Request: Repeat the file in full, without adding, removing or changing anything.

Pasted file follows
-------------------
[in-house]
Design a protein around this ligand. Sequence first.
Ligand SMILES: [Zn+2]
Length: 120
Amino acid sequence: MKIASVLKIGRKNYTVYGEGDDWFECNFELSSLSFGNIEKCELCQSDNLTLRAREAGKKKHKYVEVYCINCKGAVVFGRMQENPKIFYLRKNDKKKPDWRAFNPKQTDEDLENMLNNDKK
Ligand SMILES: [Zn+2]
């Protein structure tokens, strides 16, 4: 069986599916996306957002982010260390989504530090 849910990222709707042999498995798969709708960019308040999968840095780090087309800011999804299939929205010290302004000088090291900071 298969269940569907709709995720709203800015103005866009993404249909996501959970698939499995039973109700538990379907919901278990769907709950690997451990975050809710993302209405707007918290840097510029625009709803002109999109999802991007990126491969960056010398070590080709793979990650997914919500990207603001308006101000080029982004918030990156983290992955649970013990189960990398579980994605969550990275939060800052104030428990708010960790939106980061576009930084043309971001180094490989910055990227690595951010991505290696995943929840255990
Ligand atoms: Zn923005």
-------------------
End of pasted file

[in-house]
Design a protein around this ligand. Sequence first.
Ligand SMILES: [Zn+2]
Length: 120
Amino acid sequence: MKIASVLKIGRKNYTVYGEGDDWFECNFELSSLSFGNIEKCELCQSDNLTLRAREAGKKKHKYVEVYCINCKGAVVFGRMQENPKIFYLRKNDKKKPDWRAFNPKQTDEDLENMLNNDKK
Ligand SMILES: [Zn+2]
């Protein structure tokens, strides 16, 4: 069986599916996306957002982010260390989504530090 849910990222709707042999498995798969709708960019308040999968840095780090087309800011999804299939929205010290302004000088090291900071 298969269940569907709709995720709203800015103005866009993404249909996501959970698939499995039973109700538990379907919901278990769907709950690997451990975050809710993302209405707007918290840097510029625009709803002109999109999802991007990126491969960056010398070590080709793979990650997914919500990207603001308006101000080029982004918030990156983290992955649970013990189960990398579980994605969550990275939060800052104030428990708010960790939106980061576009930084043309971001180094490989910055990227690595951010991505290696995943929840255990
Ligand atoms: Zn923005």